• ¼ cup shredded coconut
  • Salt
  • oil 

Ingredients: (Horse Gram Saaru /Kultha Saaru) 

  • water available after boiling horse gram
  • 1 medium tomato, chopped finely
  • 2-3 green chillies, slit into 2
  • ½ cup chopped coriander leaves
  • 2 Tbsp tamarind paste
  • 5-7 garlic cloves, crushed and skin removed
  • 1-2 dried red chillies
  • 3-4 curry leaves
  • Salt
  • oil 


Procedure: (Horse Gram upkari/curry) 

  • Make sure that the beans are soaked overnight or for about 8-10 hours in enough water. 
  • Pressure cook the soaked Horse Gramin sufficient water. This takes a long time to cook, I have to let it cook for 6-8 whistles). Keep aside and let it cool. 
  • Take a heavy bottom pan. Add oil and prepare the seasoning with mustard, curry leaves. 
  • Add onion, green chillies, salt and sauté until the onions turn transparent. Add the chopped dill and continue to stir. 
  • Meanwhile open the pressure cooker and drain the cooked water completely into another vessel (do not throw this water away; this is used for making the rasam/saaru). 
  • Add the cooked horse gram to the mixture and stir well. 
  • Note: it takes time for the horse gram to get the salt into it. So add salt and keep sprinkling water and mixing. 
  • Check for taste. Add more salt, chilli powder, if required. 
  • Finally add the coconut and mix again. 

Procedure: (Horse Gram Rasam) 

  • In a separate vessel/sauce pan transfer the pressure cooked water from the horse gram. 
  • Add finely chopped tomatoes, tamarind paste, slit green chillies and salt to this cooked water. 
  • Let this cook on low flame for about 20-25 minutes stirring in between. The liquid will reduce and make it little thick. 
  • Meanwhile heat a separate pan (for seasoning) add 2 tsp oil. Add all the crushed garlic and stir until it turns light brown. Add curry leaves and broken red chillies.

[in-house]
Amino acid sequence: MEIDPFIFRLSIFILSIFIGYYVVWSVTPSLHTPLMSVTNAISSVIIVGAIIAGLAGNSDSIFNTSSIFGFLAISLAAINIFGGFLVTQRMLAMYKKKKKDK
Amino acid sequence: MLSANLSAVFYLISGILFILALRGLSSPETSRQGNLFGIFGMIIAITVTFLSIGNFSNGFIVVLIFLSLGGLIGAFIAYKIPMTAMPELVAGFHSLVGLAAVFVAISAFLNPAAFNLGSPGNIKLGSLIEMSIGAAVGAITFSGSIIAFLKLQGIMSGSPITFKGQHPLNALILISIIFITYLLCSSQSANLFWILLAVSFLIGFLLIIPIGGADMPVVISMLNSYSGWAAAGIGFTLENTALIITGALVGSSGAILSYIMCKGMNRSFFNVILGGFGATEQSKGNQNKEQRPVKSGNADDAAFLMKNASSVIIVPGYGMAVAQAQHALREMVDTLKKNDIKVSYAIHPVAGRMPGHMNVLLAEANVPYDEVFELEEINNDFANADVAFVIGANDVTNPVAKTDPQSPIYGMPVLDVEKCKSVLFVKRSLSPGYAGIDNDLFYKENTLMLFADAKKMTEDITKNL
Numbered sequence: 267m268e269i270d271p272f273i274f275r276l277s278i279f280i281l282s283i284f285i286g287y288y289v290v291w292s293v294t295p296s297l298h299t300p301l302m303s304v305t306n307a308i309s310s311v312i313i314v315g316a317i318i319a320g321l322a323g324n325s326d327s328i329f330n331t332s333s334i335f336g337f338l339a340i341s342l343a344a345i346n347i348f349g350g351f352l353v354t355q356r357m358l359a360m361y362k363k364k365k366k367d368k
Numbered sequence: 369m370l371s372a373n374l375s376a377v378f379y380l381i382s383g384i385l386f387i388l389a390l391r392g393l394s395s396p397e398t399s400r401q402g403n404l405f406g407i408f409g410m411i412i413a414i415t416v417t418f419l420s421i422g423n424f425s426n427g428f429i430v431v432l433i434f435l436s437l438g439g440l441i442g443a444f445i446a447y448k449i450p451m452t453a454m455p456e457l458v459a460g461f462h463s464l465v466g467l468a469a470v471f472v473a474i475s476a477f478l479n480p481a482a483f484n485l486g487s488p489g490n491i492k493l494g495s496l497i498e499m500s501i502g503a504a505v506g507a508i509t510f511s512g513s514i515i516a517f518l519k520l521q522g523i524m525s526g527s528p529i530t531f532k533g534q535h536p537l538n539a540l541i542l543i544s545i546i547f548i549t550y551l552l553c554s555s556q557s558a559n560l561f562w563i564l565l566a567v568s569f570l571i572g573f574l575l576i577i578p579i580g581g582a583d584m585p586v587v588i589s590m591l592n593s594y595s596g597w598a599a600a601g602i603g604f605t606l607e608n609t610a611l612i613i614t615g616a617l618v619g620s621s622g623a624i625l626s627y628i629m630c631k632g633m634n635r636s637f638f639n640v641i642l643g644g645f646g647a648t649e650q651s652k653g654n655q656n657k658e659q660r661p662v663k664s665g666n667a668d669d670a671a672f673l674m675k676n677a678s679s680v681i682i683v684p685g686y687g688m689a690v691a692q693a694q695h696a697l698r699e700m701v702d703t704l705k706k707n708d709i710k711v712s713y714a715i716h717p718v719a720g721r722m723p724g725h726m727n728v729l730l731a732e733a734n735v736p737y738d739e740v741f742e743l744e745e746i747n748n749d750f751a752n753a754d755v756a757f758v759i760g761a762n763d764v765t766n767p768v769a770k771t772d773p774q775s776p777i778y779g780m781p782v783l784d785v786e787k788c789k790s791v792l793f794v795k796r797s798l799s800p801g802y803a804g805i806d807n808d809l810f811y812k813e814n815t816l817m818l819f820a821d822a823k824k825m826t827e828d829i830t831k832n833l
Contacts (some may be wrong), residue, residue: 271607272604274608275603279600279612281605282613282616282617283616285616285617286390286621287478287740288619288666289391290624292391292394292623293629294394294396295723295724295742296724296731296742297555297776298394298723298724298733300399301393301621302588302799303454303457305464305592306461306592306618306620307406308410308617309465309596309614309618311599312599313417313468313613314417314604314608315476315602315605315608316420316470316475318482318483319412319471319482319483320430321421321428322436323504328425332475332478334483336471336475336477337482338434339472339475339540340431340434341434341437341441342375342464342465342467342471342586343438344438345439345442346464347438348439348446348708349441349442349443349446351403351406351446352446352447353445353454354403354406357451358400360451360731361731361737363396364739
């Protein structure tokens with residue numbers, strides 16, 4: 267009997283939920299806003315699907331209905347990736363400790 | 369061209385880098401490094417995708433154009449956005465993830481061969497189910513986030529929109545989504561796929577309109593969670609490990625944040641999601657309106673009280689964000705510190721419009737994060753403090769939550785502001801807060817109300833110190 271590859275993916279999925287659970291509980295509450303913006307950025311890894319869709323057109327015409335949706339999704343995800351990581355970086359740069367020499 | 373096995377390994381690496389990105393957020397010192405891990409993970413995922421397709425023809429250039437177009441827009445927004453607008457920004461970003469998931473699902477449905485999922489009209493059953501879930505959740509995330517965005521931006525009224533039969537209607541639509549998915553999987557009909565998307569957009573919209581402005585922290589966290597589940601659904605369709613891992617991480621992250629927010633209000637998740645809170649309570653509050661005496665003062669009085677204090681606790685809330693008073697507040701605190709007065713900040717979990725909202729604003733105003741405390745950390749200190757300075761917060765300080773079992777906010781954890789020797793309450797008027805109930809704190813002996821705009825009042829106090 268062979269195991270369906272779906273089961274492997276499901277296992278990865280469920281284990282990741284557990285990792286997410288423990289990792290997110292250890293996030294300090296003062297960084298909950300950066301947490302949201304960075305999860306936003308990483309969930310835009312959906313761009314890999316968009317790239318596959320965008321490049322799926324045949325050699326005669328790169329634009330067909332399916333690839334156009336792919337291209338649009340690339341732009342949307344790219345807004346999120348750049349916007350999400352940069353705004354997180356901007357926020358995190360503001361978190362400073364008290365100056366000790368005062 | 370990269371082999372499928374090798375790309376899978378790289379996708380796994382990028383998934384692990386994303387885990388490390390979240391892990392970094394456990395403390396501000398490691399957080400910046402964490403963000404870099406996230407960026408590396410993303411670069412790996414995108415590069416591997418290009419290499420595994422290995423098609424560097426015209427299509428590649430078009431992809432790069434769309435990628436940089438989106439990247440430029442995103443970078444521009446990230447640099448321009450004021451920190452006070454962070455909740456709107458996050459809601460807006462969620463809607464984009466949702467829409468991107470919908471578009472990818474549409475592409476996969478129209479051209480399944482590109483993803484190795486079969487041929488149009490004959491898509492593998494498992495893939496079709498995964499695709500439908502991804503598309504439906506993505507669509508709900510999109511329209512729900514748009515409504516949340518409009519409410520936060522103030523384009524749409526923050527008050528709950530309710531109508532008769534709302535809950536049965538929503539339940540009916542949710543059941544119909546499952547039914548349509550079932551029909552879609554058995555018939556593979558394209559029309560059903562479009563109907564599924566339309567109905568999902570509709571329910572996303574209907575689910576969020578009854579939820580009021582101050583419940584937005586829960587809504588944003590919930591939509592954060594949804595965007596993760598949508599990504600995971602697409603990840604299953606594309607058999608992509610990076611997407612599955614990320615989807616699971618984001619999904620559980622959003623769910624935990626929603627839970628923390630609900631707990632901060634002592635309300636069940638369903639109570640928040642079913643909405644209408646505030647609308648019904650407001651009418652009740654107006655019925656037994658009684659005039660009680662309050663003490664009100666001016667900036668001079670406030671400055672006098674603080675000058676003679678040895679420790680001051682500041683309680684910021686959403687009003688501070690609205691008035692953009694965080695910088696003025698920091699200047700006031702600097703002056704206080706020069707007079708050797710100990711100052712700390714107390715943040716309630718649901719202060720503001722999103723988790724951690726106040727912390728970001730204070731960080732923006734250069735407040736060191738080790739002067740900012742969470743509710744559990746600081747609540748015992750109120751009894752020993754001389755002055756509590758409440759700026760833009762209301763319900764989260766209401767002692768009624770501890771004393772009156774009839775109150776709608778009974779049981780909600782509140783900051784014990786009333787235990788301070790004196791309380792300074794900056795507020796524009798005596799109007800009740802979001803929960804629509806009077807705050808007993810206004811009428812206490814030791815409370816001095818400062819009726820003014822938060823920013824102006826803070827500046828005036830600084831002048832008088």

• Add this garlic seasoning to the boil rasam and close the lid. Garnish with coriander leaves. 

Lauki ki Sabji


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Lauki does not get cooked often in our house. This vegetable along with zucchini has been deemed as having sweet taste when cooked by DH and so they get ignored. Hence they do not find a good place in our kitchen. However recently one of my colleague had brought this curry for lunch and I took a liking to it. I noted down the recipe and made it when DH was away for the day.  It is a simple curry that gets done in no time and forms a good accompaniment with either rice or rotis.

Lauki (Hindi) is known as Bottle Gourd in English. The cooked vegetable is cooling, diuretic, sedative and anti bilious. It gives a feeling of relaxation after eating it. However, bottle gourd should not be eaten in a raw state as it may prove harmful for stomach and intestines (Source)

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  • 1 large lauki/bottle gourd (peeled and chopped into cubes)
  • 1/2 cup onion chopped
  • 1-2 tsp red chilli powder
  • 1/2 tsp turmeric
  • 1 tsp urad daal
  • Mustard seeds
  • Curry leaves
  • Cumin seeds/jeera
  • Oil
  • Salt to taste

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  • Take a heavy bottom pan and heat about 2 tsp of oil. Add mustard seeds and let it splutter.
  • Add the curry leaves and jeera/cumin seeds, urad daal and mix until it turns light brown.
  • Add the diced onions and sauté until it turns transparent.
  • Add the chopped lauki, salt, turmeric, and red chilli powder and mix well. Add about 1/2 cup of water and stir again.
  • Cover with lid and let it cook on simmer, stir in between.
  • Switch off when the lauki is cooked, finally add chopped coriander for garnish and stir.